In terms of game design, we realised that a lot of adventure gamers want a true ‘Point & Click’ with mouse controls. So from the design of the levels, through to the method of interaction and interface, we’re designing Jennifer Wilde to be playable with the mouse, or direct control.
Ingmar: Speaking of ports of Wailing Heights, can you give us an update on the release of the console versions?
Stephen: The PlayStation and Xbox versions of Wailing Heights have been developed. We’ve passed certification one one platform, which is the final process for release on the console stores, and in the middle of the process with the other. It’s a bit more intricate than Steam, and required a fair bit of work. We haven’t settled on a release date, and we don’t want to release during the busy Christmas season, so my estimate is early next year.
We also have a further console announcement coming soon, but I can’t say much about that right now…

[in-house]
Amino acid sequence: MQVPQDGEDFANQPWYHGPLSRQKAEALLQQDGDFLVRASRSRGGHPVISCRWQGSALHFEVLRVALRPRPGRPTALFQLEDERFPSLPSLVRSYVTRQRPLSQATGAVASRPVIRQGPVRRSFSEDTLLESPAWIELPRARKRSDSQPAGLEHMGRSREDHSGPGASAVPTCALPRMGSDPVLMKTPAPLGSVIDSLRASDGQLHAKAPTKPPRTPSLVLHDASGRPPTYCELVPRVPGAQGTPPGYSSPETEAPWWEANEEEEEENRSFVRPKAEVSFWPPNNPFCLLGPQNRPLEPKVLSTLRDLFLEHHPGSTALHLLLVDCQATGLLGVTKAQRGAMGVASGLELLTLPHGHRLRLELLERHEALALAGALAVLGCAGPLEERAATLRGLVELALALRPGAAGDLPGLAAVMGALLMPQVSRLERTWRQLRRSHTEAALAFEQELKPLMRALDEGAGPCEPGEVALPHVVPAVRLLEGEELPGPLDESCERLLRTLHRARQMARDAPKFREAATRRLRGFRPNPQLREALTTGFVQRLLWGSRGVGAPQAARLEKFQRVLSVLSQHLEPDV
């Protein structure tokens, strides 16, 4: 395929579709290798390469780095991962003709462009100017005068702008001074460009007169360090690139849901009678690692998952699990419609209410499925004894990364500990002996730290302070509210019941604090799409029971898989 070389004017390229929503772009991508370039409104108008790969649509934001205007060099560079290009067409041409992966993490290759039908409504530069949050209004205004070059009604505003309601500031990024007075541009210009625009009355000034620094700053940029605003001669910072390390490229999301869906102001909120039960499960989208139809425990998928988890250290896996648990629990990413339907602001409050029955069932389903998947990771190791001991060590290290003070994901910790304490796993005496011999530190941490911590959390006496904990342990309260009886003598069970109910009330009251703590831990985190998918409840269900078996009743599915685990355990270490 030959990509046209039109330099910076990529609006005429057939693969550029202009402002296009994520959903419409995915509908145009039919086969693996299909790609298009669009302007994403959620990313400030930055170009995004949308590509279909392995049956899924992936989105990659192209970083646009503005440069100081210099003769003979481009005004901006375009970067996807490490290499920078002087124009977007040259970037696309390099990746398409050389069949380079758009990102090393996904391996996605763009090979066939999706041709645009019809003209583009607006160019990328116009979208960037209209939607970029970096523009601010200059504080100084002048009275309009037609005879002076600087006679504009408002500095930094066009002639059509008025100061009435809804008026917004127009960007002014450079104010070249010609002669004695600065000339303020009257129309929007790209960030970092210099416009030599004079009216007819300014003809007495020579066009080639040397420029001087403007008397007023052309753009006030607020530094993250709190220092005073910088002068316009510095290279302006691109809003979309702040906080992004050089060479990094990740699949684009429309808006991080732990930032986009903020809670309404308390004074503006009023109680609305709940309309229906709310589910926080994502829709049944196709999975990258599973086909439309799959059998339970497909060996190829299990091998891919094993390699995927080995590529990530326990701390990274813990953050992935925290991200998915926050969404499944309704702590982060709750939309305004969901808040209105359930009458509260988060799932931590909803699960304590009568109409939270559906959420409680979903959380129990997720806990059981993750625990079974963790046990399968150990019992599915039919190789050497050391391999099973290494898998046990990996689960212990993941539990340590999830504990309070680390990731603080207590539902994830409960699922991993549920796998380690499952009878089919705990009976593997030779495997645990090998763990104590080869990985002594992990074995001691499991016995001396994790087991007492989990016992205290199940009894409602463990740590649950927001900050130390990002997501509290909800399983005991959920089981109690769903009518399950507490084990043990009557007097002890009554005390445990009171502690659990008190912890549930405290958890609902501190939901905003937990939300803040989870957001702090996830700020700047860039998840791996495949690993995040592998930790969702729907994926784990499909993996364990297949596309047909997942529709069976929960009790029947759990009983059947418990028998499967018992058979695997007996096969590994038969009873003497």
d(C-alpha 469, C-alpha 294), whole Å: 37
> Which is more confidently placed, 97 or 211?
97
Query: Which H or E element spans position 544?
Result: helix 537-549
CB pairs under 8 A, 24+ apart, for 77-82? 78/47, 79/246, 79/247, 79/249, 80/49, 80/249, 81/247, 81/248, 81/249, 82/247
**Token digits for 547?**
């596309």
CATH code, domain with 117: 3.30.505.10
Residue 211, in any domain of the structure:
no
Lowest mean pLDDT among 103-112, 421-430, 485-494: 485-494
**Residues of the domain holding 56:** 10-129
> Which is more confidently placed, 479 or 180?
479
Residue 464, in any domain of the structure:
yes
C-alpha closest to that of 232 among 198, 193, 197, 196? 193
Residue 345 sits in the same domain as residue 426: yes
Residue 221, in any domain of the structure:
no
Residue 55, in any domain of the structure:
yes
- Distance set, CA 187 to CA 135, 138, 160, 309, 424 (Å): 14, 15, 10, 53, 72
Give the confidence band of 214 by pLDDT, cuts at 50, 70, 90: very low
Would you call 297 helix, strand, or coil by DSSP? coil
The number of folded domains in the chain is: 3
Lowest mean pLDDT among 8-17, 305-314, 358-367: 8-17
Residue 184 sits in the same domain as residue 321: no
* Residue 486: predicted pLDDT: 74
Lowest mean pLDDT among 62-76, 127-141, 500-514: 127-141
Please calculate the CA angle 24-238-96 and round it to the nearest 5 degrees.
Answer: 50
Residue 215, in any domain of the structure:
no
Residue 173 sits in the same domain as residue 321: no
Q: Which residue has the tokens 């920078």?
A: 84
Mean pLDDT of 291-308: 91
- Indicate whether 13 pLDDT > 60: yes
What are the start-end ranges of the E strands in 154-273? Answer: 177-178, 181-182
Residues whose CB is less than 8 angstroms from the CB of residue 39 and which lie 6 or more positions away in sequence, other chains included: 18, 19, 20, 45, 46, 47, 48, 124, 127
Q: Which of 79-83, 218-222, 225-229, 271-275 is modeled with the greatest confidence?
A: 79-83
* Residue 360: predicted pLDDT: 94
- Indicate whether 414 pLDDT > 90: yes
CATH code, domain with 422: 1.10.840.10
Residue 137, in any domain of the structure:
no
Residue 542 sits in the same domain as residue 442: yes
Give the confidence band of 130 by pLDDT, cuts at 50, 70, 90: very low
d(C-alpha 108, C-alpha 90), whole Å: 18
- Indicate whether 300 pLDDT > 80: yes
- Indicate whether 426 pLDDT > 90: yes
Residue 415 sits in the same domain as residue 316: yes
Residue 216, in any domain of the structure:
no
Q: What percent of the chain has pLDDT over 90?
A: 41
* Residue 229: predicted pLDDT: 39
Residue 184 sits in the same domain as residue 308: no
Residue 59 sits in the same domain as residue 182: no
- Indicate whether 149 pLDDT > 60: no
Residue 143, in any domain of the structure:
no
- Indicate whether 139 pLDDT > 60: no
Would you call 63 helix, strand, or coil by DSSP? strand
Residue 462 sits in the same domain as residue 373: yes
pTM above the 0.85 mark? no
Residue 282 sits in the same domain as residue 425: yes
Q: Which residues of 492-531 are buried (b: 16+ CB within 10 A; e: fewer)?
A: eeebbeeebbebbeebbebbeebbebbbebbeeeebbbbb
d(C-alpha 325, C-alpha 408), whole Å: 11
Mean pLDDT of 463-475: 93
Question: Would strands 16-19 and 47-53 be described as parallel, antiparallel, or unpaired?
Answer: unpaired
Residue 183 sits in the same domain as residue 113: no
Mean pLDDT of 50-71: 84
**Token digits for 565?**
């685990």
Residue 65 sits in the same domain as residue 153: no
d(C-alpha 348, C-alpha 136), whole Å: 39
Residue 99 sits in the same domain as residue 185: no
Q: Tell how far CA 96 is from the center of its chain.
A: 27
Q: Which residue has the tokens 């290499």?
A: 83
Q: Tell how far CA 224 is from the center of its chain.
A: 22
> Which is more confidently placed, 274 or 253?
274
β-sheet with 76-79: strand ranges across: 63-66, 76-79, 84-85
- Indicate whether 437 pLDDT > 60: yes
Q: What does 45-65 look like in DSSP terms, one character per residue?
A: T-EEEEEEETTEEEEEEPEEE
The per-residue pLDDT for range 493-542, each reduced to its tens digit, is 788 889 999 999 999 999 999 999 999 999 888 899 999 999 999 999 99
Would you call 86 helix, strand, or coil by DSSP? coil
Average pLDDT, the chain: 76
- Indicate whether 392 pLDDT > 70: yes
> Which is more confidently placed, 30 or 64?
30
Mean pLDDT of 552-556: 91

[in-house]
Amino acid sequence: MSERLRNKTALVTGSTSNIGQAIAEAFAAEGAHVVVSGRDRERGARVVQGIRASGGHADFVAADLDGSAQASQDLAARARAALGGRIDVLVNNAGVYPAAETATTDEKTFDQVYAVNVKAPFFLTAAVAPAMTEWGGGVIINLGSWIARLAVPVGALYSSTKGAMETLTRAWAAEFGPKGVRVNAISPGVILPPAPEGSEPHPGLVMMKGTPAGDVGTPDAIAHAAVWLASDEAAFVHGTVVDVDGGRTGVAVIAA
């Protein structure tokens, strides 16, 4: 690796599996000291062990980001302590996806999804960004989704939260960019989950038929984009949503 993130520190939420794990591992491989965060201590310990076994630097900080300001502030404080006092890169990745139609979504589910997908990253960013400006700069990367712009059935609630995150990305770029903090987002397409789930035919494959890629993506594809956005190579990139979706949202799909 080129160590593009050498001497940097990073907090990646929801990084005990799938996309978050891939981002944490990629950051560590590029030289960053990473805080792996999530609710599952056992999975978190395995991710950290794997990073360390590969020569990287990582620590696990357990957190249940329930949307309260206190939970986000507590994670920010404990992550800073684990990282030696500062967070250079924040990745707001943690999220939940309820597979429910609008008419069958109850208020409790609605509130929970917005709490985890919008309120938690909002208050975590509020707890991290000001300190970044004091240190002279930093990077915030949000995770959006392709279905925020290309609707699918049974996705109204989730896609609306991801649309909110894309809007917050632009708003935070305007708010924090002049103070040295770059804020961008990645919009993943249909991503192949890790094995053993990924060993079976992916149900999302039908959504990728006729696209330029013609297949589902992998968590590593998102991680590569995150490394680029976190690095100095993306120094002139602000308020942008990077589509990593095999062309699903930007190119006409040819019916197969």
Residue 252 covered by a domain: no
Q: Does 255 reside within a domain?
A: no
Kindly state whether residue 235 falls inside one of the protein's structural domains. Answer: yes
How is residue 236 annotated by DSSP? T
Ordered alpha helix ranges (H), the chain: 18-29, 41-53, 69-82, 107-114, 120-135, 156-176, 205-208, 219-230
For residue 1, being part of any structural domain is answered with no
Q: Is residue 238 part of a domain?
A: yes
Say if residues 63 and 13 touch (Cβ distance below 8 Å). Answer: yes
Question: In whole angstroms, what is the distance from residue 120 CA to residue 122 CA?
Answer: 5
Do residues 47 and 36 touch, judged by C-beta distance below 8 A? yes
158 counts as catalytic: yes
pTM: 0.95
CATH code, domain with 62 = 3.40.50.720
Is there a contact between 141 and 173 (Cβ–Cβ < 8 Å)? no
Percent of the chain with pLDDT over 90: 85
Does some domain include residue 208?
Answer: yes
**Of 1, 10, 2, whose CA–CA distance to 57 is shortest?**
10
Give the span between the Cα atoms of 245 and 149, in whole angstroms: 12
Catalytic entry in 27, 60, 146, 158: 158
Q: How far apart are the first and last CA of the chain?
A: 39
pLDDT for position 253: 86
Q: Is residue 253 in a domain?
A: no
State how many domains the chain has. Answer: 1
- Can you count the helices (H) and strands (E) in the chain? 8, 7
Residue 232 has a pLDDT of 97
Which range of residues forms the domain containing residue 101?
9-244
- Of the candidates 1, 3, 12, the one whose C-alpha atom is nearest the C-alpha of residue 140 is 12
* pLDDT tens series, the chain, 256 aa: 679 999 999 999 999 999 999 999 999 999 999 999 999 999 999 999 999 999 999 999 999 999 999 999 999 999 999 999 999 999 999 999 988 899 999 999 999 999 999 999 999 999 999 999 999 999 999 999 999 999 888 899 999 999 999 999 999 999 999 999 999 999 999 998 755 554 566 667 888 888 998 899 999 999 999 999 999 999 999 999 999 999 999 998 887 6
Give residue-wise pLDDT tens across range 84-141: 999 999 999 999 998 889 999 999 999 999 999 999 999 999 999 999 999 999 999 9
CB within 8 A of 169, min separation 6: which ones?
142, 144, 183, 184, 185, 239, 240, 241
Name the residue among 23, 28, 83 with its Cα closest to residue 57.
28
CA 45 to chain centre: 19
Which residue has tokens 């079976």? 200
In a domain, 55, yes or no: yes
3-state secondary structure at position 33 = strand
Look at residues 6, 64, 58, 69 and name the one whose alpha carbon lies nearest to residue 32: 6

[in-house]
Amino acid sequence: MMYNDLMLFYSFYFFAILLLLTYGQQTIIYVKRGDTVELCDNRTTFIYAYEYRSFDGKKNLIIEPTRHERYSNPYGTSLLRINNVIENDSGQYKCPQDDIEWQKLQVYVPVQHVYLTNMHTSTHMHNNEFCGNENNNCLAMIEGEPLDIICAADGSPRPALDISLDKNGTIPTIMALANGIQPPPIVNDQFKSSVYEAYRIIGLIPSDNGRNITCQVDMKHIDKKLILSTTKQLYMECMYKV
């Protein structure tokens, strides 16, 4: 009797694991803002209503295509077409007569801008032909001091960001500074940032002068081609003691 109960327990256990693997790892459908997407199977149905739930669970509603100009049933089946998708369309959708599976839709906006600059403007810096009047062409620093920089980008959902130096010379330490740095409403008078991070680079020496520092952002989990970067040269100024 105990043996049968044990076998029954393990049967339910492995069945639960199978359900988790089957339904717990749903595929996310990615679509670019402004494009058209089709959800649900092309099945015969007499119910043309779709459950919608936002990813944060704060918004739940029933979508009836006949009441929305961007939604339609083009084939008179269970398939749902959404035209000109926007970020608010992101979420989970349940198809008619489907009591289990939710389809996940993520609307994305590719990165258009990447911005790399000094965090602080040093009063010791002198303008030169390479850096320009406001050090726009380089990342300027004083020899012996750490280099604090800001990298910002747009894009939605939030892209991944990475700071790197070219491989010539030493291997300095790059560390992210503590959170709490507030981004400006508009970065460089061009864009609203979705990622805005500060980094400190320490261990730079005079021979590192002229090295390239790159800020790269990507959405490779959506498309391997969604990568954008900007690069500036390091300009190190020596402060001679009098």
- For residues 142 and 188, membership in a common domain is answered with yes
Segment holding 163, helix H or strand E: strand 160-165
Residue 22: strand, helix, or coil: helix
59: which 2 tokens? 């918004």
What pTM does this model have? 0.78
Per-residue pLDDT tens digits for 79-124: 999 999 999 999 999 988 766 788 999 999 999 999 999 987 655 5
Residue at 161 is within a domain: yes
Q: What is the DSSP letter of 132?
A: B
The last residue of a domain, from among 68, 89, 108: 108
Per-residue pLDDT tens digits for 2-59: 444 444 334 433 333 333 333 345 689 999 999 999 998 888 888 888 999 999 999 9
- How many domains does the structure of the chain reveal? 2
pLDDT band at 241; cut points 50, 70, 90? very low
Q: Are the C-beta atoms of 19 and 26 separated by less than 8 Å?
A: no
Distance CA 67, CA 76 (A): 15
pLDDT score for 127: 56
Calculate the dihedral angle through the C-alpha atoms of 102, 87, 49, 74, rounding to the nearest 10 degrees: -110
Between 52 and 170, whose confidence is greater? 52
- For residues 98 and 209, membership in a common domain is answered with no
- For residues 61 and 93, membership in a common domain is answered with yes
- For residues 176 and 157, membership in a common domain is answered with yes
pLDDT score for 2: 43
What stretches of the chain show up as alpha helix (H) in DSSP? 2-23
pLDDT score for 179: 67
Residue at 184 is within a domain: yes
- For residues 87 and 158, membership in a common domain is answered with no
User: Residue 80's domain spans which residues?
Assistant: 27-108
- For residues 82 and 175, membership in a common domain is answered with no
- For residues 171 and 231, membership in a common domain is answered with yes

Ingmar: It was a pleasure to do this interview, Stephen. I’m wishing you the best of luck with the rest of the Kickstarter campaign for Jennifer Wilde! Do you have any last words for potential backers?
Stephen: Just to say that if Jennifer’s story, the ghost of Oscar Wilde, or a unique take on the classic inventory interest you at all, please do have a look at our Kickstarter campaign, play our free demo and pledge for the game.
We have some really cool rewards, from a copy of the game, to a digital jazz soundtrack and artbook. Physical rewards also include original hand-drawn artwork, and hard copies of the game and comics.
We really want to make this game, and we can only do that if we reach our goal! We need your help to finish Jennifer’s story!